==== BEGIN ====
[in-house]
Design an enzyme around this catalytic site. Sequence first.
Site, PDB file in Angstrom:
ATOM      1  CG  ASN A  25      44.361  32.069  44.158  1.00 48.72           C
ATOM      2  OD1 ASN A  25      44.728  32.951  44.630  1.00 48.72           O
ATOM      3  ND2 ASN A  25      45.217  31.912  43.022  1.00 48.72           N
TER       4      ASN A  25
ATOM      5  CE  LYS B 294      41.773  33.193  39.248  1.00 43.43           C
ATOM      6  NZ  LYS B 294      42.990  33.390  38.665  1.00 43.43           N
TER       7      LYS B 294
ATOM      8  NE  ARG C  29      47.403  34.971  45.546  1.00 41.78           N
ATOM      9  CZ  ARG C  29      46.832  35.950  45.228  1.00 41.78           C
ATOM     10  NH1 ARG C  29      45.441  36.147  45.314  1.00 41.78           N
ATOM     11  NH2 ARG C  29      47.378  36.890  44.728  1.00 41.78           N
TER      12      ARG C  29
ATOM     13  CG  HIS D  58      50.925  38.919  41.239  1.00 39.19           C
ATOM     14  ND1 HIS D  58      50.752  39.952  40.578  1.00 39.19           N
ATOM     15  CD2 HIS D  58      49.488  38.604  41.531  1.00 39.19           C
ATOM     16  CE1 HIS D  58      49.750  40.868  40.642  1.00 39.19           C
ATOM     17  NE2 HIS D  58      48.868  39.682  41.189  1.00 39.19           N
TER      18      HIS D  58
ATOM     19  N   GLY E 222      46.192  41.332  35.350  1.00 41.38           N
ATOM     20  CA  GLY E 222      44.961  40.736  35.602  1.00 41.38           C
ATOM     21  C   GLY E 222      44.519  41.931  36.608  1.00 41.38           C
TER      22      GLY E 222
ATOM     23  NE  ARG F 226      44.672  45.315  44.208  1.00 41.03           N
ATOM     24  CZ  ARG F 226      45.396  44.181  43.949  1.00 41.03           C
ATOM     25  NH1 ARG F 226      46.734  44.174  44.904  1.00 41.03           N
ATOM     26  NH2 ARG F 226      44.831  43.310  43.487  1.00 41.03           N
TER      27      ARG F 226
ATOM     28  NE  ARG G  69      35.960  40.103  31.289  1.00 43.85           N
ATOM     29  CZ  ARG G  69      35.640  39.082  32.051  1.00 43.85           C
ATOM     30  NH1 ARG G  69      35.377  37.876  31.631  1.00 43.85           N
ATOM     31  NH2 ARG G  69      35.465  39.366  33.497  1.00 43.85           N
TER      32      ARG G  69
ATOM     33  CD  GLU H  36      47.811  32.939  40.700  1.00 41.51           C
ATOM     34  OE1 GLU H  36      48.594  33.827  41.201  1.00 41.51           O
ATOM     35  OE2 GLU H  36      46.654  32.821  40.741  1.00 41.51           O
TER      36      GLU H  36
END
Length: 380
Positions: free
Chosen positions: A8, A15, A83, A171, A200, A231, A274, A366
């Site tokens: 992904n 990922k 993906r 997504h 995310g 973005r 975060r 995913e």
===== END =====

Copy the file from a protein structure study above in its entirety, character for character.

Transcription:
[in-house]
Design an enzyme around this catalytic site. Sequence first.
Site, PDB file in Angstrom:
ATOM      1  CG  ASN A  25      44.361  32.069  44.158  1.00 48.72           C
ATOM      2  OD1 ASN A  25      44.728  32.951  44.630  1.00 48.72           O
ATOM      3  ND2 ASN A  25      45.217  31.912  43.022  1.00 48.72           N
TER       4      ASN A  25
ATOM      5  CE  LYS B 294      41.773  33.193  39.248  1.00 43.43           C
ATOM      6  NZ  LYS B 294      42.990  33.390  38.665  1.00 43.43           N
TER       7      LYS B 294
ATOM      8  NE  ARG C  29      47.403  34.971  45.546  1.00 41.78           N
ATOM      9  CZ  ARG C  29      46.832  35.950  45.228  1.00 41.78           C
ATOM     10  NH1 ARG C  29      45.441  36.147  45.314  1.00 41.78           N
ATOM     11  NH2 ARG C  29      47.378  36.890  44.728  1.00 41.78           N
TER      12      ARG C  29
ATOM     13  CG  HIS D  58      50.925  38.919  41.239  1.00 39.19           C
ATOM     14  ND1 HIS D  58      50.752  39.952  40.578  1.00 39.19           N
ATOM     15  CD2 HIS D  58      49.488  38.604  41.531  1.00 39.19           C
ATOM     16  CE1 HIS D  58      49.750  40.868  40.642  1.00 39.19           C
ATOM     17  NE2 HIS D  58      48.868  39.682  41.189  1.00 39.19           N
TER      18      HIS D  58
ATOM     19  N   GLY E 222      46.192  41.332  35.350  1.00 41.38           N
ATOM     20  CA  GLY E 222      44.961  40.736  35.602  1.00 41.38           C
ATOM     21  C   GLY E 222      44.519  41.931  36.608  1.00 41.38           C
TER      22      GLY E 222
ATOM     23  NE  ARG F 226      44.672  45.315  44.208  1.00 41.03           N
ATOM     24  CZ  ARG F 226      45.396  44.181  43.949  1.00 41.03           C
ATOM     25  NH1 ARG F 226      46.734  44.174  44.904  1.00 41.03           N
ATOM     26  NH2 ARG F 226      44.831  43.310  43.487  1.00 41.03           N
TER      27      ARG F 226
ATOM     28  NE  ARG G  69      35.960  40.103  31.289  1.00 43.85           N
ATOM     29  CZ  ARG G  69      35.640  39.082  32.051  1.00 43.85           C
ATOM     30  NH1 ARG G  69      35.377  37.876  31.631  1.00 43.85           N
ATOM     31  NH2 ARG G  69      35.465  39.366  33.497  1.00 43.85           N
TER      32      ARG G  69
ATOM     33  CD  GLU H  36      47.811  32.939  40.700  1.00 41.51           C
ATOM     34  OE1 GLU H  36      48.594  33.827  41.201  1.00 41.51           O
ATOM     35  OE2 GLU H  36      46.654  32.821  40.741  1.00 41.51           O
TER      36      GLU H  36
END
Length: 380
Positions: free
Chosen positions: A8, A15, A83, A171, A200, A231, A274, A366
């Site tokens: 992904n 990922k 993906r 997504h 995310g 973005r 975060r 995913e």